In September of 2007, in the parking lot of a restaurant near Philadelphia, a driverless recreational vehicle (RV) with a trailer in tow somehow slipped out of gear and rolled into a nearby street. A Volkswagen Jetta, traveling down the road at approximately 35 mph (56 kilometers per hour), crossed the path of the RV and was struck. The car was extensively damaged and the driver was taken to the hospital but not seriously injured.
The RV had rolled out of the parking lot at a speed of only about 5 mph (8 kilometers per hour) when it struck the faster-moving Jetta. Police blamed the sheer weight of the RV-trailer combination for the damage. It's a pretty good bet that nobody involved with this accident felt very good about it afterward. Any car accident is potentially serious, but accidents involving an RV and a towed vehicle are especially serious because of the size and weight of the rig.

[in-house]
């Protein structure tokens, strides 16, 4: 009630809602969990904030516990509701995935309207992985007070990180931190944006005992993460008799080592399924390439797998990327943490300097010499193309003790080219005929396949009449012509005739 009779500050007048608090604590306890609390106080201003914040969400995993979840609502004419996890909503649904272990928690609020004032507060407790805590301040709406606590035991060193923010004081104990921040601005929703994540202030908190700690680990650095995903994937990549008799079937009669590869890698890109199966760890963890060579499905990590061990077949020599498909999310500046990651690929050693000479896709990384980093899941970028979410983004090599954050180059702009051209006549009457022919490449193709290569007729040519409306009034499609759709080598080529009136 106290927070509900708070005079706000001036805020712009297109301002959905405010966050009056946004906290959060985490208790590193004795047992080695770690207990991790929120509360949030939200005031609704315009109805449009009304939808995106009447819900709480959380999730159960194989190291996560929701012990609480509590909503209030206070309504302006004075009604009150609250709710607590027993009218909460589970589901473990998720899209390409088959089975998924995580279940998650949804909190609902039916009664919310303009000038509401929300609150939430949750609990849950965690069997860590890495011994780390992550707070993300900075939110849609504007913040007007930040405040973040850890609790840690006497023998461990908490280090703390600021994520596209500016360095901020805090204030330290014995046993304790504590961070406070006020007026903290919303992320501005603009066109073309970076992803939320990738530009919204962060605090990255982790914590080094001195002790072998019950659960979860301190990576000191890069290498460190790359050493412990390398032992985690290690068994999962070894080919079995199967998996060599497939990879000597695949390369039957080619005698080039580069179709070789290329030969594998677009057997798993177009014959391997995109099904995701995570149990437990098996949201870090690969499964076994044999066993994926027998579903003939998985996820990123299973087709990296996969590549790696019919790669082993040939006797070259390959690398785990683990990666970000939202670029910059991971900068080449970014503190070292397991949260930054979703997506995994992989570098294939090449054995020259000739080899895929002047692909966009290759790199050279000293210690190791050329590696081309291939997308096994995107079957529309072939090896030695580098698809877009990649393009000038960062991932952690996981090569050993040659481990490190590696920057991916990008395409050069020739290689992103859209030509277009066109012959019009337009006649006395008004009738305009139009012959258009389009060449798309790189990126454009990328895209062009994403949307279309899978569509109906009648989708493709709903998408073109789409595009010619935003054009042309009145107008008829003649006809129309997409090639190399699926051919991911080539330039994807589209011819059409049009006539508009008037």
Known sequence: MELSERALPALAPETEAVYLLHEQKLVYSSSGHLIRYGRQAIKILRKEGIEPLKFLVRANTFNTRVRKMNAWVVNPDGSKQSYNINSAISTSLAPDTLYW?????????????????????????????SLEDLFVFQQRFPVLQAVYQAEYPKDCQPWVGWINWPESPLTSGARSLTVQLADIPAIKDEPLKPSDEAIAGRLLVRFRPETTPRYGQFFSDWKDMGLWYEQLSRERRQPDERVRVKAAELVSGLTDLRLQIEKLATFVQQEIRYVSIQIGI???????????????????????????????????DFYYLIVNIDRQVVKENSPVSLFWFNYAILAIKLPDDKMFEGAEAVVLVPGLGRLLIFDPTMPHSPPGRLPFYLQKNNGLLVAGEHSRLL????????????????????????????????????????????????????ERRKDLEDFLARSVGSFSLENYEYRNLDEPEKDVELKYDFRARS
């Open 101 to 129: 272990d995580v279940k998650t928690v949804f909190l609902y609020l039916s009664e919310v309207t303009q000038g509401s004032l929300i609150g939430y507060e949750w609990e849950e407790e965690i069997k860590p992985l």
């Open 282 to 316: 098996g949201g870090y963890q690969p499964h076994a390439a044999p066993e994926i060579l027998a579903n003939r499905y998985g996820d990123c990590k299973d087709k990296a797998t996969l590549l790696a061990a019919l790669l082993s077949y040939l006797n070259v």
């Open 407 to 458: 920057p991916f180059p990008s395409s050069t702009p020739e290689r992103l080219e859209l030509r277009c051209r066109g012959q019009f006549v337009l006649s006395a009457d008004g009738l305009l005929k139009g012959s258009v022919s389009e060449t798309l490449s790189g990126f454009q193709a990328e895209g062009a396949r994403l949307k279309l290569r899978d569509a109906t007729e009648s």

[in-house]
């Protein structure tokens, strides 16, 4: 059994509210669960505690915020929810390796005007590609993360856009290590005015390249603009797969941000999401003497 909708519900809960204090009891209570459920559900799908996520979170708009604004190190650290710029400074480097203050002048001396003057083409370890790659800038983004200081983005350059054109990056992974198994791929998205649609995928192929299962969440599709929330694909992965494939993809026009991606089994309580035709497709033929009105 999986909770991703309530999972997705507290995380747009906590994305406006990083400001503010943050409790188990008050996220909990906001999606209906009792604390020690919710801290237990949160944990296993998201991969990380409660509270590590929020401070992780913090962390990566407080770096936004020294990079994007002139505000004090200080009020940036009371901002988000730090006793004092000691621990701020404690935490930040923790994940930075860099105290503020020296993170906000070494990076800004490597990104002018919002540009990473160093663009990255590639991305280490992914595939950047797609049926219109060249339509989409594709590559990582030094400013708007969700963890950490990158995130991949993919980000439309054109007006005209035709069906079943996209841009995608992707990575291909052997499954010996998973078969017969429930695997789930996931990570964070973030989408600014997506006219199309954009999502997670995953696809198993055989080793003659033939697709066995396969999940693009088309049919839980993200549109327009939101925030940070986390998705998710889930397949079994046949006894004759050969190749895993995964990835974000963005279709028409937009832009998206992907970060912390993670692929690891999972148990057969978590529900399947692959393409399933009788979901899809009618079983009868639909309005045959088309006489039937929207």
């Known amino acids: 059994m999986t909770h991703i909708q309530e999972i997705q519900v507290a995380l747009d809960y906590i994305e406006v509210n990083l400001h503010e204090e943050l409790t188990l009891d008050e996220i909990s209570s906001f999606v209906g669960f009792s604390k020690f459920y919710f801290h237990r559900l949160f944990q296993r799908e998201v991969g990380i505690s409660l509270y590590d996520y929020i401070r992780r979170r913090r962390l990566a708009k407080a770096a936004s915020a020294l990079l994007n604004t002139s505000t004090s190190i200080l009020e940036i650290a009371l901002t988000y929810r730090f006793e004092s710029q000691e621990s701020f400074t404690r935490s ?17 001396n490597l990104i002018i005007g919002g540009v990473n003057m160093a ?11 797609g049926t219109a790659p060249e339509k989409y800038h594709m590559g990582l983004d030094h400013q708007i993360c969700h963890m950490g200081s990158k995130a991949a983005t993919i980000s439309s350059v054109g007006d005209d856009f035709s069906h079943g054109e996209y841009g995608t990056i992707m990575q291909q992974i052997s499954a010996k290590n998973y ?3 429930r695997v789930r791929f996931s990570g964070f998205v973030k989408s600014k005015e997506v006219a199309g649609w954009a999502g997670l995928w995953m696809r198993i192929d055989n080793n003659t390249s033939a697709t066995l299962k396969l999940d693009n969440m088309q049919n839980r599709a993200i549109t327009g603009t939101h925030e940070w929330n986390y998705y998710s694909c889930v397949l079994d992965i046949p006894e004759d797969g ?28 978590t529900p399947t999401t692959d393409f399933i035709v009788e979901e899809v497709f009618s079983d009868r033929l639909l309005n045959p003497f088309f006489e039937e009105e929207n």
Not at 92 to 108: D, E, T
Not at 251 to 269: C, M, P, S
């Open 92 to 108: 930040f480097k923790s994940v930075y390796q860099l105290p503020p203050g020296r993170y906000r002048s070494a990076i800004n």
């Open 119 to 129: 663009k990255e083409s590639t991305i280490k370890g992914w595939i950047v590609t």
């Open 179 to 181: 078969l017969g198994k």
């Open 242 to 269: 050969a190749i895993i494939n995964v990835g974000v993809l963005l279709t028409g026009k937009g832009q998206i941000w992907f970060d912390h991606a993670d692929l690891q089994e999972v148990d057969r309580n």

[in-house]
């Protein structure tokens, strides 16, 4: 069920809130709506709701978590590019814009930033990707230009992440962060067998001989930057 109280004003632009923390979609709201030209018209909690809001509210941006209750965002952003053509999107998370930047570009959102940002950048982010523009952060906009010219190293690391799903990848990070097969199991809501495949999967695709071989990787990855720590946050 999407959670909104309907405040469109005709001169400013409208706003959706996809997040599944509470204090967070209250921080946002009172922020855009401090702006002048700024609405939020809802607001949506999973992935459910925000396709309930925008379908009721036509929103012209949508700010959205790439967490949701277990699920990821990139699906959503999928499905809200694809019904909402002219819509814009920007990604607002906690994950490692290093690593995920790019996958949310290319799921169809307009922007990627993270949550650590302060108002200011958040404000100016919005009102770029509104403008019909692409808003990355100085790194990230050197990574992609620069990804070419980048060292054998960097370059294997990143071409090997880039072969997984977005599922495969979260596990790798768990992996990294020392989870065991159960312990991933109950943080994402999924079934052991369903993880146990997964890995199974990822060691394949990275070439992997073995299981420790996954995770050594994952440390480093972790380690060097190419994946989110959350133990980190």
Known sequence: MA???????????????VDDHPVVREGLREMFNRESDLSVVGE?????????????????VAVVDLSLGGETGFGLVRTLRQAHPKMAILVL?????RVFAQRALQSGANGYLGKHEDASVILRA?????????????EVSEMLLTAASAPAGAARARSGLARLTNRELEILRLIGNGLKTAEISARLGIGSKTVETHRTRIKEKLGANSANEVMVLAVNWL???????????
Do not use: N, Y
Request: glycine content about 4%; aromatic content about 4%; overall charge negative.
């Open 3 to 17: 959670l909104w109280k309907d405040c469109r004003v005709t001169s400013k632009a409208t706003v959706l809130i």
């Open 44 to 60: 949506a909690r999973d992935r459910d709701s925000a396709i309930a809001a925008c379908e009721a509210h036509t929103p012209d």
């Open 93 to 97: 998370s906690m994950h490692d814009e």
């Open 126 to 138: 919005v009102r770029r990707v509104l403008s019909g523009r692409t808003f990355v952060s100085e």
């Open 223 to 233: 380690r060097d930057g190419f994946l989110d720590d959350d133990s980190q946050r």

If you own a recreational vehicle, there will be times when you want to take it on the road with a trailer or second vehicle in tow -- perhaps a car that you can drive once you've reached the RV park or a boat that you can spend time on once the RV is safely tucked away. If you have a fifth wheel RV, which is designed to be attached to a tow vehicle, you may be towing the RV itself to your destination. Either way, there are a lot of things that need to be taken into account if you're going to have a safe trip while using an RV for towing or while using another vehicle to tow an RV.
Towing an RV safely, or towing another vehicle behind an RV, requires knowledge -- arguably, as much knowledge as driving a large commercial truck does. And yet, most jurisdictions don't require that an RV driver have the same training that a professional, over-the-road truck driver does. So how does a first-time RV driver know how to handle a rig the size of a huge tour bus -- especially one that's towing another vehicle? Well, as a driver, you'll need to acquire the necessary knowledge and skills yourself. This article will give you some basic information about RV towing safety standards (enough to get you started, anyway) but you should definitely seek out additional information on your own. RV safety is serious business.